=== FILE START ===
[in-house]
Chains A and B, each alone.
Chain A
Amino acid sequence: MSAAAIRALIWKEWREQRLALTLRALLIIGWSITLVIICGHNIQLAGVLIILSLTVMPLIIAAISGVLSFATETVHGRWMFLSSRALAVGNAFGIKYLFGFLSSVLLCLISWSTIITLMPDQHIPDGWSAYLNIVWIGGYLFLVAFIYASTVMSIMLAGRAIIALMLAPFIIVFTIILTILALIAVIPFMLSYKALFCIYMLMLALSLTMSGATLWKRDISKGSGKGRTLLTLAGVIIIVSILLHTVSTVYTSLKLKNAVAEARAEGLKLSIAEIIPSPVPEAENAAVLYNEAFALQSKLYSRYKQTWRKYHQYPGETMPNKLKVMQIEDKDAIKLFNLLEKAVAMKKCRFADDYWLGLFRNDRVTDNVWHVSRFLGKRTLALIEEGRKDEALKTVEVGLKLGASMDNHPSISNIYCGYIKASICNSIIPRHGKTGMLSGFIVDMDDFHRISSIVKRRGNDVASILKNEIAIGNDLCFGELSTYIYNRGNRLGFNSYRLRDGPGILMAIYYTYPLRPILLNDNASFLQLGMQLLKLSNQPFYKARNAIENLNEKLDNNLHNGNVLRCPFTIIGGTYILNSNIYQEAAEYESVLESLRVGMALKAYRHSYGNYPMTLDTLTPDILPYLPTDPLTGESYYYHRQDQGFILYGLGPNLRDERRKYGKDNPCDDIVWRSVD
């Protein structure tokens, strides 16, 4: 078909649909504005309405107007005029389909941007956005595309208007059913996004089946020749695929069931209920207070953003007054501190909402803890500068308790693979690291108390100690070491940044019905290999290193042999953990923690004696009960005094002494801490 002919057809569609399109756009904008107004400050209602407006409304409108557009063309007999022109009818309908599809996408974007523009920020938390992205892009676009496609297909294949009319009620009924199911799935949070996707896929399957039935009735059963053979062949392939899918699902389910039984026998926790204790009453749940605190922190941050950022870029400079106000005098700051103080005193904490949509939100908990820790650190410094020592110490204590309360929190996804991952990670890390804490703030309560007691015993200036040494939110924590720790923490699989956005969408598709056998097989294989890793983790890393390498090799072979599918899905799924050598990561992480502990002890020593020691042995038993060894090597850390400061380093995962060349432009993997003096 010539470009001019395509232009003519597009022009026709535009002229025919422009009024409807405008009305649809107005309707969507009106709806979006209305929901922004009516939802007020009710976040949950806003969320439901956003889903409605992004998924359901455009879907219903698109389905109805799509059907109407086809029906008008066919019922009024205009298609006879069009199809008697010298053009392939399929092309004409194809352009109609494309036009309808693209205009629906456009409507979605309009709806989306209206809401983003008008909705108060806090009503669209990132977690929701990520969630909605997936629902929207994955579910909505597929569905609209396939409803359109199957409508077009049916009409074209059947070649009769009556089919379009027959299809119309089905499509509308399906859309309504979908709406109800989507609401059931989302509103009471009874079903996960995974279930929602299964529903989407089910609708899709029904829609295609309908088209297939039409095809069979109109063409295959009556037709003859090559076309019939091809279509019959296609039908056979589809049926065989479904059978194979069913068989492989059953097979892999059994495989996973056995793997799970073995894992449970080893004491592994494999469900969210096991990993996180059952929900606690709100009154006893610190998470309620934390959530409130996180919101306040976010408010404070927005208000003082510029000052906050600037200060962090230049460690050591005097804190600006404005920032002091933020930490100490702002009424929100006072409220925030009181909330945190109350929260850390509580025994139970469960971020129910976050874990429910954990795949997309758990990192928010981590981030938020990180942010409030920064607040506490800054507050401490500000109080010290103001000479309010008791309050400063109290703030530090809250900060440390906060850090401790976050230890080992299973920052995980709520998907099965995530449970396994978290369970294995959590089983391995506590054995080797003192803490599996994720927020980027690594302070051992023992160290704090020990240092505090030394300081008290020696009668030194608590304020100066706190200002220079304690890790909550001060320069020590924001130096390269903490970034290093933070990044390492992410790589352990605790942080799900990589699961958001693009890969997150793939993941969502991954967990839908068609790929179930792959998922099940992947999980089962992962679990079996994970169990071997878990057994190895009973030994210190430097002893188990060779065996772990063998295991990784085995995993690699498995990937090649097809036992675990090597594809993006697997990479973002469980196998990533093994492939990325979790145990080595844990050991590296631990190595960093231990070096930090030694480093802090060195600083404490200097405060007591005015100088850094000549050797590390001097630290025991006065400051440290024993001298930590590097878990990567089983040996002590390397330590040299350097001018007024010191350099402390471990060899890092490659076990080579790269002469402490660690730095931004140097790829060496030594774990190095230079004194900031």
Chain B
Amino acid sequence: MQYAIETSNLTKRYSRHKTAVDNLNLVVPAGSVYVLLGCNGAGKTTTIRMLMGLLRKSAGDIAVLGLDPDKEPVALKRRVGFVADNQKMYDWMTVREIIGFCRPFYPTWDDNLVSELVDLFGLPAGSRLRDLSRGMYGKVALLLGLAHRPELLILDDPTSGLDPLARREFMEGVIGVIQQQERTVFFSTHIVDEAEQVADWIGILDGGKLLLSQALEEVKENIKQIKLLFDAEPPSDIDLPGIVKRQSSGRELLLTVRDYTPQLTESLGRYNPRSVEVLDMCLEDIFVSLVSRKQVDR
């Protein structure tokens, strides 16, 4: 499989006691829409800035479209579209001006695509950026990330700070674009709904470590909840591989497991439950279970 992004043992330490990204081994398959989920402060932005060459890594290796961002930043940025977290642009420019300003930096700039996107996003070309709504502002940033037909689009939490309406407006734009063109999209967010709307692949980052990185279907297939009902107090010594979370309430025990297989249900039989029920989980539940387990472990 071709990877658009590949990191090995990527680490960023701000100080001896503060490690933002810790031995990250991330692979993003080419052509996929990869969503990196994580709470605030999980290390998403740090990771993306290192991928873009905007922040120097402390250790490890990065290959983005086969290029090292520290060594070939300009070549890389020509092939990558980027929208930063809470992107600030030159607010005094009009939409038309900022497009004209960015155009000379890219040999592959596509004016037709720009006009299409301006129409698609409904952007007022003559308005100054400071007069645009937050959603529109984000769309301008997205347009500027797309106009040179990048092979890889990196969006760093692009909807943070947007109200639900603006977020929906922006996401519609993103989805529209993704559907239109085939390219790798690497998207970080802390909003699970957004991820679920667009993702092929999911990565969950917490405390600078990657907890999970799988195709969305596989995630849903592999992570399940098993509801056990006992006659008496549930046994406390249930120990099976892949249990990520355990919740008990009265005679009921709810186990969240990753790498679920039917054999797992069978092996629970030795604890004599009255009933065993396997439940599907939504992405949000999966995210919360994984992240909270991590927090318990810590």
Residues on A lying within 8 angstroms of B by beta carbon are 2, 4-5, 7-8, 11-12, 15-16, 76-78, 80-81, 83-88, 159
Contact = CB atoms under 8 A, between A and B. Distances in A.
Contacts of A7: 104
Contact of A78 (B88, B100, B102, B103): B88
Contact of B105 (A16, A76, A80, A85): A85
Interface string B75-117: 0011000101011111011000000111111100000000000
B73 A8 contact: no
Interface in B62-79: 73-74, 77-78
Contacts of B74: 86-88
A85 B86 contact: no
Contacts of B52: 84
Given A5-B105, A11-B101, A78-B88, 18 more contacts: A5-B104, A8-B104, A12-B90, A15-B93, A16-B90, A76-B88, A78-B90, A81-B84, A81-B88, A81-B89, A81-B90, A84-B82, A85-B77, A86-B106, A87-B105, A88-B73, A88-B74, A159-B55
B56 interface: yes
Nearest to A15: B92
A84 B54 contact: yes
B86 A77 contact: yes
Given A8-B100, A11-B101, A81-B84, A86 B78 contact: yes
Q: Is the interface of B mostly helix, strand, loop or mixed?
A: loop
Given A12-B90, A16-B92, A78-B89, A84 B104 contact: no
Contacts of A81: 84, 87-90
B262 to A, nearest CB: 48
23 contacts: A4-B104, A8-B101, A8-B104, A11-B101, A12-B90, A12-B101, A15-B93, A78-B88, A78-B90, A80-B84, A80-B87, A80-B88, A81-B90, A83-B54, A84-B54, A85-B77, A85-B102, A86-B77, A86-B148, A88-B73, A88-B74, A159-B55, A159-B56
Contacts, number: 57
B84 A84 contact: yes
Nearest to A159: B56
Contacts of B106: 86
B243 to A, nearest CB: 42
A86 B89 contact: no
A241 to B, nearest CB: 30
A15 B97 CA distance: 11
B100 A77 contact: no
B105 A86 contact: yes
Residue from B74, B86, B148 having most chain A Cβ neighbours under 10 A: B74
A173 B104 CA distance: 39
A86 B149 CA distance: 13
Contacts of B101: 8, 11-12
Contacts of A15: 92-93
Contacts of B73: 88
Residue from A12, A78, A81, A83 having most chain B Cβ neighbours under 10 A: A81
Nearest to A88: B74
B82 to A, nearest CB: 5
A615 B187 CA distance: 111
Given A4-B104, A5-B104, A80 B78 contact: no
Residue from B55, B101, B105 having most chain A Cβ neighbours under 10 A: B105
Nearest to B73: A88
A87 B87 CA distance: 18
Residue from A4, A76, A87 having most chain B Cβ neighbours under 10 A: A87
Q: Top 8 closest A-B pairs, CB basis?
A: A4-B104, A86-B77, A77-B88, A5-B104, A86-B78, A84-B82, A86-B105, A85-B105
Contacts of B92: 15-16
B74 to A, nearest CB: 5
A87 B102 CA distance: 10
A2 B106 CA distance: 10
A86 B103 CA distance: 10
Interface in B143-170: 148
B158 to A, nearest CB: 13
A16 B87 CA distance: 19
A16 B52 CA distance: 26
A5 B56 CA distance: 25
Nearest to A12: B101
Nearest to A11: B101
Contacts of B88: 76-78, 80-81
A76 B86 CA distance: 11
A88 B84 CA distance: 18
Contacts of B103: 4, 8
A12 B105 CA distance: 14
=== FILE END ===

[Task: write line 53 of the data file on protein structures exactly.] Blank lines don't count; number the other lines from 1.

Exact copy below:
Residue from B55, B101, B105 having most chain A Cβ neighbours under 10 A: B105